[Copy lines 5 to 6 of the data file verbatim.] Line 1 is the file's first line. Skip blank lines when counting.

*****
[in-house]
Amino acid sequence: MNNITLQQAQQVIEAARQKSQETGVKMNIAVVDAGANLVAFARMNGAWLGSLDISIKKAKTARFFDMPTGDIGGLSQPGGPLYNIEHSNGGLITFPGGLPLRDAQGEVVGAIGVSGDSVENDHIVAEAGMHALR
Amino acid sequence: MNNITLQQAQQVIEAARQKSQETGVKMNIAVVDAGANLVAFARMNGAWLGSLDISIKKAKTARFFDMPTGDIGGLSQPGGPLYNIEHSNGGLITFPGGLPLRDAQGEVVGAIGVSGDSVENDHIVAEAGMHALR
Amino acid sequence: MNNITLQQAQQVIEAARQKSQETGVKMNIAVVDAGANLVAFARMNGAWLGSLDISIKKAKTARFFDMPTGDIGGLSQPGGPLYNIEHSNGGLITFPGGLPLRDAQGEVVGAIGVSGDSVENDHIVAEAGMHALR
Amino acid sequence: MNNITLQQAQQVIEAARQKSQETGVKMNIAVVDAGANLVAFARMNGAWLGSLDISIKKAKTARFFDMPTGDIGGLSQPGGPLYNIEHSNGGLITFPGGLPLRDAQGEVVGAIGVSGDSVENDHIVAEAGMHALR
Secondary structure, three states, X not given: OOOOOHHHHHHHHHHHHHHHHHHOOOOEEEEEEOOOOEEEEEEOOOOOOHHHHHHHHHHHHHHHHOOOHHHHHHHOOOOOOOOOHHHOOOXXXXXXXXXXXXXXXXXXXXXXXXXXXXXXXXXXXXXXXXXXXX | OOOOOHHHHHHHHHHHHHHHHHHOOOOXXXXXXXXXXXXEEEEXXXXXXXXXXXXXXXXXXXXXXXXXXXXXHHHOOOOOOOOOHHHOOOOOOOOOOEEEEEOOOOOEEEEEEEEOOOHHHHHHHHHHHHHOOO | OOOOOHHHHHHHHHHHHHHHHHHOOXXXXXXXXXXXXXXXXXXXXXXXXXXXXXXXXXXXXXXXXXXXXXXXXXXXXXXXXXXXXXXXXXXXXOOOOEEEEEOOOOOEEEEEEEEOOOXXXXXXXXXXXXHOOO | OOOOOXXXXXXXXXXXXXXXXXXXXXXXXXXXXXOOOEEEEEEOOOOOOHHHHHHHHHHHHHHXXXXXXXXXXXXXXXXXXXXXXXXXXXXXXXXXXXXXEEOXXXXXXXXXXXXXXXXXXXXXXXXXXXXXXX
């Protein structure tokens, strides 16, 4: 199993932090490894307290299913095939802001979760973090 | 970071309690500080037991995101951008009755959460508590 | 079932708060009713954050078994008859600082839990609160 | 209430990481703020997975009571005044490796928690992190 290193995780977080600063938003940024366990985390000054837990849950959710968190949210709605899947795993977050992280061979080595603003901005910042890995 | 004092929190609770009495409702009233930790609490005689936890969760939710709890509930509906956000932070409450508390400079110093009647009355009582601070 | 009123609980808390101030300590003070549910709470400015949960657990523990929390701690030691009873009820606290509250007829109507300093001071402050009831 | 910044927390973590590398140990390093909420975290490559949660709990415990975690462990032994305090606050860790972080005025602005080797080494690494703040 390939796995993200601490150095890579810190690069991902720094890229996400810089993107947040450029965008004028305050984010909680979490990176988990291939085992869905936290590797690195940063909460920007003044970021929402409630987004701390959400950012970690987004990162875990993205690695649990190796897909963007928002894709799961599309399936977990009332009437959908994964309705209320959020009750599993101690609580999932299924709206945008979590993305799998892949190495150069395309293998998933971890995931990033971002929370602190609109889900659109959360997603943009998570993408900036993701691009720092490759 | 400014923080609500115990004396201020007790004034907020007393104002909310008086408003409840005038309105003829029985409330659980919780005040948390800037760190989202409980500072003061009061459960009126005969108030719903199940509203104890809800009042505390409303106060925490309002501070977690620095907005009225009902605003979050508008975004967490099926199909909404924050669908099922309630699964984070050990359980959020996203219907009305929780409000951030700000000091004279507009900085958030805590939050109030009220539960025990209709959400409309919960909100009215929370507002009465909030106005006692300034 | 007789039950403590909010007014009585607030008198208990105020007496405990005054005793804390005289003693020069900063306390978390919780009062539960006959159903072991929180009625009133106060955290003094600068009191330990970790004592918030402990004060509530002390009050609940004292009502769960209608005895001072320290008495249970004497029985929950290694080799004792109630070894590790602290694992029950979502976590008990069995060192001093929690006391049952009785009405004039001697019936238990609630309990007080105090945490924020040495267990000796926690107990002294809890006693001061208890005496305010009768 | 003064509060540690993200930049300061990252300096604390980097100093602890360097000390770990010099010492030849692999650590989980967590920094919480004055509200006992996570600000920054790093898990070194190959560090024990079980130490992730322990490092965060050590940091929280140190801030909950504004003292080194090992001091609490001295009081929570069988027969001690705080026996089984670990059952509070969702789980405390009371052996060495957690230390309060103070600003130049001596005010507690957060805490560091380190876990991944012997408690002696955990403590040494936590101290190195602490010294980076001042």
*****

Amino acid sequence: MNNITLQQAQQVIEAARQKSQETGVKMNIAVVDAGANLVAFARMNGAWLGSLDISIKKAKTARFFDMPTGDIGGLSQPGGPLYNIEHSNGGLITFPGGLPLRDAQGEVVGAIGVSGDSVENDHIVAEAGMHALR
Secondary structure, three states, X not given: OOOOOHHHHHHHHHHHHHHHHHHOOOOEEEEEEOOOOEEEEEEOOOOOOHHHHHHHHHHHHHHHHOOOHHHHHHHOOOOOOOOOHHHOOOXXXXXXXXXXXXXXXXXXXXXXXXXXXXXXXXXXXXXXXXXXXX | OOOOOHHHHHHHHHHHHHHHHHHOOOOXXXXXXXXXXXXEEEEXXXXXXXXXXXXXXXXXXXXXXXXXXXXXHHHOOOOOOOOOHHHOOOOOOOOOOEEEEEOOOOOEEEEEEEEOOOHHHHHHHHHHHHHOOO | OOOOOHHHHHHHHHHHHHHHHHHOOXXXXXXXXXXXXXXXXXXXXXXXXXXXXXXXXXXXXXXXXXXXXXXXXXXXXXXXXXXXXXXXXXXXXOOOOEEEEEOOOOOEEEEEEEEOOOXXXXXXXXXXXXHOOO | OOOOOXXXXXXXXXXXXXXXXXXXXXXXXXXXXXOOOEEEEEEOOOOOOHHHHHHHHHHHHHHXXXXXXXXXXXXXXXXXXXXXXXXXXXXXXXXXXXXXEEOXXXXXXXXXXXXXXXXXXXXXXXXXXXXXXX